He then concedes that, “Remarkably, after years of research, discussion, and debate, the question of where the Book of Mormon played itself out is more wide open than it has ever been, with individuals from all walks of life and educational backgrounds weighing in on the topic” (193-194).

Whereas many BYU professors tend to hold to the “Limited Mesoamerican” theory, others, like Rodney Meldrum and Wayne May, promote the “Heartland” model. One argument made by proponents of the latter theory are the gold plates. Smith claimed that he was led to the buried record by the angel Moroni and that the plates were found in a “stone box” not far from Smith’s  home in the Palmyra area of New York. Dr. Hedges, states:

 For all its popularity, the Limited Mesoamerican model is not without its critics. Even without having an alternative location in mind, some have questioned the argument that the Book of Mormon text requires a limited geography in the first place or a hill vastly different from New York’s Hill Cumorah as the setting for the final battles. (198).

“Not surprisingly,” he says, “the North American model has drawn a strong response from the Limited Mesoamerican camp. . . supporters of a Mesoamerican location have argued that the region is a poor fit for the Book of Mormon’s internal geography and directions.” To be fair, supporters for the Heartland, North American theory, have responded with similar arguments against Mesoamerican theorists.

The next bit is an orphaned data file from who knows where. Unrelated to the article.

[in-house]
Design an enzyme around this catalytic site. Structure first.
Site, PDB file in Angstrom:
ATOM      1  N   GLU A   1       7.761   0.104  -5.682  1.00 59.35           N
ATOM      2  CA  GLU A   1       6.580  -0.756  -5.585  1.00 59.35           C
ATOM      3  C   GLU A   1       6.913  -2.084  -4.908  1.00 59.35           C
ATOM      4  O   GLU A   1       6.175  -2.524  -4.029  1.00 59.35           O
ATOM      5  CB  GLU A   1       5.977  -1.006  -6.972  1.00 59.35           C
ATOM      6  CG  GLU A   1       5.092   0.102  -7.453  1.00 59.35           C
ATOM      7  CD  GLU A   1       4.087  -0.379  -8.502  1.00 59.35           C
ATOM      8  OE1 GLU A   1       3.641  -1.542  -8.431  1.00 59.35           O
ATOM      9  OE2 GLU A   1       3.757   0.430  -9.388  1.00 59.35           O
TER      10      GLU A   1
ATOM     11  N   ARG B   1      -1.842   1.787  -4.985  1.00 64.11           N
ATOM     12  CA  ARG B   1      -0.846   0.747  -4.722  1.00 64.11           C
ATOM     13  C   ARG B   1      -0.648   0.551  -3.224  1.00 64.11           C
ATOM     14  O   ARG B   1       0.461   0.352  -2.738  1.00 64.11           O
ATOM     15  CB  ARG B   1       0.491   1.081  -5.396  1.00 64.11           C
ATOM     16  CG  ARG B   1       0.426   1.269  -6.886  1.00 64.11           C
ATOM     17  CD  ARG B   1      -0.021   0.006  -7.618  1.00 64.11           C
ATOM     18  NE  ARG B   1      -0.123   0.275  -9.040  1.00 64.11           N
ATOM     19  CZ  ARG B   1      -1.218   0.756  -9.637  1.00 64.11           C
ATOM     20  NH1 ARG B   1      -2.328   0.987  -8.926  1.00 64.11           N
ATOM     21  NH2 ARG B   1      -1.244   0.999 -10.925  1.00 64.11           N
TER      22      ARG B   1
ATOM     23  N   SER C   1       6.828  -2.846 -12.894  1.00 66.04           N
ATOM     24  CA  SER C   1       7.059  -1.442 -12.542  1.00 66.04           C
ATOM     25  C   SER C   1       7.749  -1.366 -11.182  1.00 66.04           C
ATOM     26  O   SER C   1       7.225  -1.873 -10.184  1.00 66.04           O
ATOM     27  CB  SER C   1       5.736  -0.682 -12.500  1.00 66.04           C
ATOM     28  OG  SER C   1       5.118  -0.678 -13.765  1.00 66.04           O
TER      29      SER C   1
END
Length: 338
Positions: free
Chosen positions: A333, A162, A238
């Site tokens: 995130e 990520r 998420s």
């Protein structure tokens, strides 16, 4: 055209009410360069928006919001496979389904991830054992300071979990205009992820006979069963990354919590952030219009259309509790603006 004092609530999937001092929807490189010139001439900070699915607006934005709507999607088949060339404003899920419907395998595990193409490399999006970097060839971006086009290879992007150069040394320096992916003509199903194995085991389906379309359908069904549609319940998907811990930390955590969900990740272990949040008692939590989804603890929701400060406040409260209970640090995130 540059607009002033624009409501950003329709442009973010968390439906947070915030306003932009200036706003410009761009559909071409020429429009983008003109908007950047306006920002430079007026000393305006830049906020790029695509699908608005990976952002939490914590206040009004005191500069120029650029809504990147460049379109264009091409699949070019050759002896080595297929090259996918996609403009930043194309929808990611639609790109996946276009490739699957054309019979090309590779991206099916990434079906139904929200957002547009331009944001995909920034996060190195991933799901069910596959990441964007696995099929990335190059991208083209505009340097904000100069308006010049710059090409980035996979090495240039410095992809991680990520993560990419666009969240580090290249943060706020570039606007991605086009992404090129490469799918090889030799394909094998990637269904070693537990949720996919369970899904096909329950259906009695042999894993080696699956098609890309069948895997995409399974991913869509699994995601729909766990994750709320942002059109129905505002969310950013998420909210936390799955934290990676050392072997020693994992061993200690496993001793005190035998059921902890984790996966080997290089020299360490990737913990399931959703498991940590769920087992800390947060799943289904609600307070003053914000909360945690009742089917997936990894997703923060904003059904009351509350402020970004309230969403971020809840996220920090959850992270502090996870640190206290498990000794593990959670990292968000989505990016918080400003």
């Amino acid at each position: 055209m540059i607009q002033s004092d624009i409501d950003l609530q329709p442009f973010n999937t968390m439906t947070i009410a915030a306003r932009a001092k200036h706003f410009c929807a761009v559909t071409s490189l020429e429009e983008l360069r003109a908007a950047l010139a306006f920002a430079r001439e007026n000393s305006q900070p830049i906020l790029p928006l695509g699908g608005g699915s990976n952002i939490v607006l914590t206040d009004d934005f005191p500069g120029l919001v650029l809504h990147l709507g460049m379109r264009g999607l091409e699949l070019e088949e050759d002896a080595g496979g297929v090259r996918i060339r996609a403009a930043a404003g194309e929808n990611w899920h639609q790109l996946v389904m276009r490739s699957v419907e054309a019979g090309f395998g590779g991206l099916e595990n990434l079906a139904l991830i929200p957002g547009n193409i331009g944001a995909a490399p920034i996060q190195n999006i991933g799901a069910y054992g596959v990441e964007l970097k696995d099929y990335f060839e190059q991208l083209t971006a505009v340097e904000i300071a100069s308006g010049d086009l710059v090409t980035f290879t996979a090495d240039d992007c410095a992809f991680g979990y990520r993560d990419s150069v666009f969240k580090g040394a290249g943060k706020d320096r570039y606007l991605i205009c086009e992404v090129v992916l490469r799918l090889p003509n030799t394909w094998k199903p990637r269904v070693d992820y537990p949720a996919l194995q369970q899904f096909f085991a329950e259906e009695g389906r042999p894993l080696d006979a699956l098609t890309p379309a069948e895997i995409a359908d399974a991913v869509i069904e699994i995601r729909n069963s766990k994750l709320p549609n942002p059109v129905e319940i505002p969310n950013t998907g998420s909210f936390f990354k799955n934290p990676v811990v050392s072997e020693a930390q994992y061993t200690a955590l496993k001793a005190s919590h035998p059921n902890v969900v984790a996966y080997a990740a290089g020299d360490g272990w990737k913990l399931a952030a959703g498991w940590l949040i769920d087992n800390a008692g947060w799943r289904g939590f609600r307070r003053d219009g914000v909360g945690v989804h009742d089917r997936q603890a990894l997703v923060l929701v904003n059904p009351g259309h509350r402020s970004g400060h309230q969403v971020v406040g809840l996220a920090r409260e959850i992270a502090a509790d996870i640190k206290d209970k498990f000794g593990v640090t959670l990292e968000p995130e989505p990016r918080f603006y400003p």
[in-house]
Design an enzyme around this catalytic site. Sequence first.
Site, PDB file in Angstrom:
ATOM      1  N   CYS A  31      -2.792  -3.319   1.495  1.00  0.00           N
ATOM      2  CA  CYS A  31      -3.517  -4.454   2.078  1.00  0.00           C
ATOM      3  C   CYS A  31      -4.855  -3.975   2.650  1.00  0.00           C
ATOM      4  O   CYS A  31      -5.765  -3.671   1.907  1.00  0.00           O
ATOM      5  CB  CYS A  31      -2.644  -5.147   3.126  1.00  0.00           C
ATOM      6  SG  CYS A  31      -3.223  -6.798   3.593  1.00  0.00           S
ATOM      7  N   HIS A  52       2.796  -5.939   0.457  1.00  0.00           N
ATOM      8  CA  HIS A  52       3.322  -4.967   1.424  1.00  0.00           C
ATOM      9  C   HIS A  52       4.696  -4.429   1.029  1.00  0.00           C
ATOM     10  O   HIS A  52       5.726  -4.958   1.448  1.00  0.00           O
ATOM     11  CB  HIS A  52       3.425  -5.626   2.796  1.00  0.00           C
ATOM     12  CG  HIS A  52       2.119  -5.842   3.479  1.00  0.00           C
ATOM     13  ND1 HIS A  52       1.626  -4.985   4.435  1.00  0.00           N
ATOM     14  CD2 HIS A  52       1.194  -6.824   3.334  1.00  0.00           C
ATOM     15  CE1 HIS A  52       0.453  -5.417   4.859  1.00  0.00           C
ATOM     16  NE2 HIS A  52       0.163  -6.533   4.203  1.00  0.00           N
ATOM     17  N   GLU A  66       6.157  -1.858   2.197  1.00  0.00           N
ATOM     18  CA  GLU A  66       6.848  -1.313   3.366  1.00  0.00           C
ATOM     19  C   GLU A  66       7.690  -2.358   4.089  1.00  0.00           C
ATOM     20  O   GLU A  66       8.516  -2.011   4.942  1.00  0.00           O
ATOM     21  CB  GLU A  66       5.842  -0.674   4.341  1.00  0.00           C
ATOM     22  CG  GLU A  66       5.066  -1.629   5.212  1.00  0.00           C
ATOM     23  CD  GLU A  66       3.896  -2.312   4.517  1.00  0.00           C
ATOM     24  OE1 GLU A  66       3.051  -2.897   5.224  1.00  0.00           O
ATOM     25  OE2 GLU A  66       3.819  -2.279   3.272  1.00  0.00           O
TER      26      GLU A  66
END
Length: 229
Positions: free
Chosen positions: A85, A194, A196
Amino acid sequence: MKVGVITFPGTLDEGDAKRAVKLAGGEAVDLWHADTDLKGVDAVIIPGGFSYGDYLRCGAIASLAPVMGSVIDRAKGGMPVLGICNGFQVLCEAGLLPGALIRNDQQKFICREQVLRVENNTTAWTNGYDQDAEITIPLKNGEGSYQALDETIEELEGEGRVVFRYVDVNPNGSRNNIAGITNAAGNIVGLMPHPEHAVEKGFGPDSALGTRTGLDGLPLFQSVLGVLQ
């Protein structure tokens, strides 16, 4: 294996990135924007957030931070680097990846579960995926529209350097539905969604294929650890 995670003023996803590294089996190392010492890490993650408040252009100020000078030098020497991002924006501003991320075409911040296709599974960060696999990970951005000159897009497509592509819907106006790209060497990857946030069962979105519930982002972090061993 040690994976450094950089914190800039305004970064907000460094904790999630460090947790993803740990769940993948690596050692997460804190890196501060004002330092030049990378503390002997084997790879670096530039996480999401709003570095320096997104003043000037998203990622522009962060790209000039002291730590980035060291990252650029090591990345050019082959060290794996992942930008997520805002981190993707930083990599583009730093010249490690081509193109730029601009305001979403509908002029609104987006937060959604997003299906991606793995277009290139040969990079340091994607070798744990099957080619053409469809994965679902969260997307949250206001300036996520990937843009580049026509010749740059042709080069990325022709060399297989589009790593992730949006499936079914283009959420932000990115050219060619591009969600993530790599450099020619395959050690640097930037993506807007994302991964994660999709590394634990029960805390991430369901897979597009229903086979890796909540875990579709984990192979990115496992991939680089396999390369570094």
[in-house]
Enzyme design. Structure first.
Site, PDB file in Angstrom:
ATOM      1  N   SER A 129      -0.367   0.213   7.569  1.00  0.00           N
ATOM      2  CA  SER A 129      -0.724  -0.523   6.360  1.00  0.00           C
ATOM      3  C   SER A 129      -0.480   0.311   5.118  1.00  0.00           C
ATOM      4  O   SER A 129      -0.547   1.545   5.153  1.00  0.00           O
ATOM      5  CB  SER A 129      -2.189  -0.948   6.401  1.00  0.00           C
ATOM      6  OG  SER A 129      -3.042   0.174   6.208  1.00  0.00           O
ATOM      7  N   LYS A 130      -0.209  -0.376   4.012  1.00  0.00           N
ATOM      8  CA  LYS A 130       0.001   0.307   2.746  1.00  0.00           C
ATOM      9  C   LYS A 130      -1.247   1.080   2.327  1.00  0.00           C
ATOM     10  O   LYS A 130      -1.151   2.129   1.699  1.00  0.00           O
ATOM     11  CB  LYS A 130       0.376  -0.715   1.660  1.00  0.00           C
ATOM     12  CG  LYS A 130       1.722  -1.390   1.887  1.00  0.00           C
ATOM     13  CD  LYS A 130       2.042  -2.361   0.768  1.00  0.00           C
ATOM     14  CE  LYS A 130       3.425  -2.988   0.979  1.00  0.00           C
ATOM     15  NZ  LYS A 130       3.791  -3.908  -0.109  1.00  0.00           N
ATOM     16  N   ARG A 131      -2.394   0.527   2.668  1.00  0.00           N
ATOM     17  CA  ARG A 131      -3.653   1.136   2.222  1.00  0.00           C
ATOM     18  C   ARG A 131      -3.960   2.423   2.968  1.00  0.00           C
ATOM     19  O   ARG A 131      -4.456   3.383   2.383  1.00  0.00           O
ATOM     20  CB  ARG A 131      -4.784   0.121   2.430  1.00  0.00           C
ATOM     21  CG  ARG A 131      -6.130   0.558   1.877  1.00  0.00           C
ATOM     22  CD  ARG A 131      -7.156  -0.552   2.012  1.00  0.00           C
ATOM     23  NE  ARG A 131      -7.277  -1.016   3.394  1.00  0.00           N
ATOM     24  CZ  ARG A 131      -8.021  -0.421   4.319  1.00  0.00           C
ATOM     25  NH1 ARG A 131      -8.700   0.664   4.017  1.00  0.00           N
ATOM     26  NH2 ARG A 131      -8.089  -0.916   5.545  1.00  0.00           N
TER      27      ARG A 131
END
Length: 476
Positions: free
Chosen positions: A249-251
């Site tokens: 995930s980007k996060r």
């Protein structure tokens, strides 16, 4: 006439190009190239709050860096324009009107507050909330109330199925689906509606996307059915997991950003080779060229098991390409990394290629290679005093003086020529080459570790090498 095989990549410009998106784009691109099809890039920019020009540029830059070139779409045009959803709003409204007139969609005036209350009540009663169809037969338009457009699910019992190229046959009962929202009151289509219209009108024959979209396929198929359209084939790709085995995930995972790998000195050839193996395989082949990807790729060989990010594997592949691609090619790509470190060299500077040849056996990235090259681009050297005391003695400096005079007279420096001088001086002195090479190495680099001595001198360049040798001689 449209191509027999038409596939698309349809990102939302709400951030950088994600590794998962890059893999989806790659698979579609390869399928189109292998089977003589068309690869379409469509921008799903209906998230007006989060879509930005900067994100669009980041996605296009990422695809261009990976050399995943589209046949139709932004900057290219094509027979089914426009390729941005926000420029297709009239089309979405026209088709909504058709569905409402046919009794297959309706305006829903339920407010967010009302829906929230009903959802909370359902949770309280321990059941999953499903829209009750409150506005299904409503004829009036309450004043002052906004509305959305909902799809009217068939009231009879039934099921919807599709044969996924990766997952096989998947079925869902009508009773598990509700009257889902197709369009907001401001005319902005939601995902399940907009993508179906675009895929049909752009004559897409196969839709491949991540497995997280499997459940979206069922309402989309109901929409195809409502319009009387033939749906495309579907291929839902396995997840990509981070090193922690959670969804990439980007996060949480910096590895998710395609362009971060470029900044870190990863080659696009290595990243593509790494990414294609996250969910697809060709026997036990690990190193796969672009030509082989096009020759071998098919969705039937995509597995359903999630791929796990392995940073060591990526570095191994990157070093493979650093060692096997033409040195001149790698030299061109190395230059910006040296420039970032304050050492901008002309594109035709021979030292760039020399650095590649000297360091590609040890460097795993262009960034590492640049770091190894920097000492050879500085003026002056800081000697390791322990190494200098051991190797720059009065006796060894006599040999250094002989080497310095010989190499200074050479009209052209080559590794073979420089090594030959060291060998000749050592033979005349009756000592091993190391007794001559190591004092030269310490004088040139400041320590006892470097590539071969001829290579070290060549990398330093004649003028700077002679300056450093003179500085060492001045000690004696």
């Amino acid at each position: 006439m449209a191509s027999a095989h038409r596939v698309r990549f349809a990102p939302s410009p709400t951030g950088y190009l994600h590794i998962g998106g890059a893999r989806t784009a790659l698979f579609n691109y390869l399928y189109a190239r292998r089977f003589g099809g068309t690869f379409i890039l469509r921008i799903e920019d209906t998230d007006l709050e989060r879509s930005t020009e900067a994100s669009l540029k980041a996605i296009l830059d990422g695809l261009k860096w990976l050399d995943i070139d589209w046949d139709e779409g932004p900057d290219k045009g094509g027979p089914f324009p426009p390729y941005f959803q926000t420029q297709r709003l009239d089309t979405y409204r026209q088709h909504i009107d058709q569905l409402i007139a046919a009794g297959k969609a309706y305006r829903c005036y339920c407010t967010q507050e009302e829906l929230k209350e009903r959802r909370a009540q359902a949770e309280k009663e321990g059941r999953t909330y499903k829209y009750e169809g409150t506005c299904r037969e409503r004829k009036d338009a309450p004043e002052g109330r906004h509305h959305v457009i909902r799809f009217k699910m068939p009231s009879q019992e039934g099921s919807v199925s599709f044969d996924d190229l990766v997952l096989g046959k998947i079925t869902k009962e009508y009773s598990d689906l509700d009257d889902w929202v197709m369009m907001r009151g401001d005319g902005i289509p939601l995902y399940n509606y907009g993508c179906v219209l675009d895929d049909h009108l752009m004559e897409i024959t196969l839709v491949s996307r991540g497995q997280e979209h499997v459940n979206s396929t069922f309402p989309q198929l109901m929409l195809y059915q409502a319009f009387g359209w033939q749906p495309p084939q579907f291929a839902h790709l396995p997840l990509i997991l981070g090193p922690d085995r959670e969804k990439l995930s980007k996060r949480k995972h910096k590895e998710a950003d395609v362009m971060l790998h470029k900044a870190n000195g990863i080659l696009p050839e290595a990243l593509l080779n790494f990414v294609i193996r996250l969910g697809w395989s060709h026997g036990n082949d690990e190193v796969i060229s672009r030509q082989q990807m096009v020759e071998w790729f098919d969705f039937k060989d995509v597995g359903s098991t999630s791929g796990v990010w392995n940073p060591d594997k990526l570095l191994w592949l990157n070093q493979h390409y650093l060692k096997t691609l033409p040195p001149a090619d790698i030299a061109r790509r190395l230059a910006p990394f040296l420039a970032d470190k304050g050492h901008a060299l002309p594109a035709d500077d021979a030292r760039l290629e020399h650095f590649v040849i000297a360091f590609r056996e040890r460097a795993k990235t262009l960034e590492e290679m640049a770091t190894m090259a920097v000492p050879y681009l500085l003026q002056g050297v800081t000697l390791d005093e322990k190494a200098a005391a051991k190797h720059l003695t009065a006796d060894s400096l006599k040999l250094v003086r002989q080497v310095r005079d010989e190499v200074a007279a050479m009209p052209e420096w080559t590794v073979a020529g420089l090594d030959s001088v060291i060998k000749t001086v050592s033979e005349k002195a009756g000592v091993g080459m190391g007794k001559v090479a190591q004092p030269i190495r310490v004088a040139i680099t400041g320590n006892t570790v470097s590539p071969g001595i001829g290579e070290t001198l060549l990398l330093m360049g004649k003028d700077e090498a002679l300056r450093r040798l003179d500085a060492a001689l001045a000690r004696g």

In recent years the two aforementioned theories have become the more popular views among LDS members. However, says Hedges,

other explanations of Book of Mormon geography, offering very different locations as the book’s setting, are still being actively developed and defended today. One, for example, drawing on a variety of geographical and archaeological evidence, argues for Chile, Peru, and Bolivia as the land of the Book of Mormon. Another, arguing from an almost purely geographical position (since any supporting archaeology appears to be almost entirely lacking) suggests Baja California. Still others reject the Americas entirely and posit a location on the Malay Peninsula in Southeast Asia or in Africa—possibilities which handily account for the Book of Mormon’s elephants, perhaps, but run afoul of Joseph Smith’s report that the book is a history of people who lived somewhere in the Americas.

In his final paragraph, Dr. Hedges states,

For all the evidence that each may be able to marshal in support of its position, no one has yet found any remains outside the Middle East that can be definitively linked to the Book of Mormon.

This is why the LDS Church History Museum doesn’t display Nephite artifacts. You can’t find artifacts if you don’t know where to dig.